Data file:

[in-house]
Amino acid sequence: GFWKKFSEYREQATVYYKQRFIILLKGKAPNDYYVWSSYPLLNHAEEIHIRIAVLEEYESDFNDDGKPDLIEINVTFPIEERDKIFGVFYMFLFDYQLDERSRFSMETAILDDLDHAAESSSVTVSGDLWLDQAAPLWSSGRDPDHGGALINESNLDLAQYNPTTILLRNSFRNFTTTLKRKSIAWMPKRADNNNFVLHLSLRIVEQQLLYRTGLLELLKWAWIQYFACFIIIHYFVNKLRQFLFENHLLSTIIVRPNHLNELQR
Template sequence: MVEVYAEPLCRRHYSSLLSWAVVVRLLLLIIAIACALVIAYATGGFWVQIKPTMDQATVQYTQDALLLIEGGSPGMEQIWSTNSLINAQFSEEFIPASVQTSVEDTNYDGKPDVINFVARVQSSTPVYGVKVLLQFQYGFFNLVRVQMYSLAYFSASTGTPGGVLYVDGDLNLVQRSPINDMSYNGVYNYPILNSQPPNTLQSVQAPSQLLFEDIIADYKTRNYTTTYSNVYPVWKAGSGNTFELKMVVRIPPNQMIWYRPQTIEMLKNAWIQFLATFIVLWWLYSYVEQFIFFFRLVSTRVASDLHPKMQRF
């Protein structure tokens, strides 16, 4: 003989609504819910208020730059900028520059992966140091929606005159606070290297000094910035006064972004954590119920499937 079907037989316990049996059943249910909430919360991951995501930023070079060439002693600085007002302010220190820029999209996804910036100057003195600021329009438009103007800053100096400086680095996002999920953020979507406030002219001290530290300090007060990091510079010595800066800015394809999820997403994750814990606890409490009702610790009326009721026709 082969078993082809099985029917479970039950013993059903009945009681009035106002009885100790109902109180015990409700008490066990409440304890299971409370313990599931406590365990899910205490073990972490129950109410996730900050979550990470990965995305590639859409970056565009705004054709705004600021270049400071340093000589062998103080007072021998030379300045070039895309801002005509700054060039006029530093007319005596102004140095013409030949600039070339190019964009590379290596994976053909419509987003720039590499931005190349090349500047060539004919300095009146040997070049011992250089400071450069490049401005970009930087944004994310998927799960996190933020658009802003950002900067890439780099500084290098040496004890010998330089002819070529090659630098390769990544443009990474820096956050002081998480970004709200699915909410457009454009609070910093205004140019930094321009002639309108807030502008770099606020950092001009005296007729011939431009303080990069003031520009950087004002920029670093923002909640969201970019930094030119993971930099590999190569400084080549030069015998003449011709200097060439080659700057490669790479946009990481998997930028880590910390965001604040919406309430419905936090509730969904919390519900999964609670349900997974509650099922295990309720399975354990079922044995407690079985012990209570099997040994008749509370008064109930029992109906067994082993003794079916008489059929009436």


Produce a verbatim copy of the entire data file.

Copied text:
[in-house]
Amino acid sequence: GFWKKFSEYREQATVYYKQRFIILLKGKAPNDYYVWSSYPLLNHAEEIHIRIAVLEEYESDFNDDGKPDLIEINVTFPIEERDKIFGVFYMFLFDYQLDERSRFSMETAILDDLDHAAESSSVTVSGDLWLDQAAPLWSSGRDPDHGGALINESNLDLAQYNPTTILLRNSFRNFTTTLKRKSIAWMPKRADNNNFVLHLSLRIVEQQLLYRTGLLELLKWAWIQYFACFIIIHYFVNKLRQFLFENHLLSTIIVRPNHLNELQR
Template sequence: MVEVYAEPLCRRHYSSLLSWAVVVRLLLLIIAIACALVIAYATGGFWVQIKPTMDQATVQYTQDALLLIEGGSPGMEQIWSTNSLINAQFSEEFIPASVQTSVEDTNYDGKPDVINFVARVQSSTPVYGVKVLLQFQYGFFNLVRVQMYSLAYFSASTGTPGGVLYVDGDLNLVQRSPINDMSYNGVYNYPILNSQPPNTLQSVQAPSQLLFEDIIADYKTRNYTTTYSNVYPVWKAGSGNTFELKMVVRIPPNQMIWYRPQTIEMLKNAWIQFLATFIVLWWLYSYVEQFIFFFRLVSTRVASDLHPKMQRF
């Protein structure tokens, strides 16, 4: 003989609504819910208020730059900028520059992966140091929606005159606070290297000094910035006064972004954590119920499937 079907037989316990049996059943249910909430919360991951995501930023070079060439002693600085007002302010220190820029999209996804910036100057003195600021329009438009103007800053100096400086680095996002999920953020979507406030002219001290530290300090007060990091510079010595800066800015394809999820997403994750814990606890409490009702610790009326009721026709 082969078993082809099985029917479970039950013993059903009945009681009035106002009885100790109902109180015990409700008490066990409440304890299971409370313990599931406590365990899910205490073990972490129950109410996730900050979550990470990965995305590639859409970056565009705004054709705004600021270049400071340093000589062998103080007072021998030379300045070039895309801002005509700054060039006029530093007319005596102004140095013409030949600039070339190019964009590379290596994976053909419509987003720039590499931005190349090349500047060539004919300095009146040997070049011992250089400071450069490049401005970009930087944004994310998927799960996190933020658009802003950002900067890439780099500084290098040496004890010998330089002819070529090659630098390769990544443009990474820096956050002081998480970004709200699915909410457009454009609070910093205004140019930094321009002639309108807030502008770099606020950092001009005296007729011939431009303080990069003031520009950087004002920029670093923002909640969201970019930094030119993971930099590999190569400084080549030069015998003449011709200097060439080659700057490669790479946009990481998997930028880590910390965001604040919406309430419905936090509730969904919390519900999964609670349900997974509650099922295990309720399975354990079922044995407690079985012990209570099997040994008749509370008064109930029992109906067994082993003794079916008489059929009436």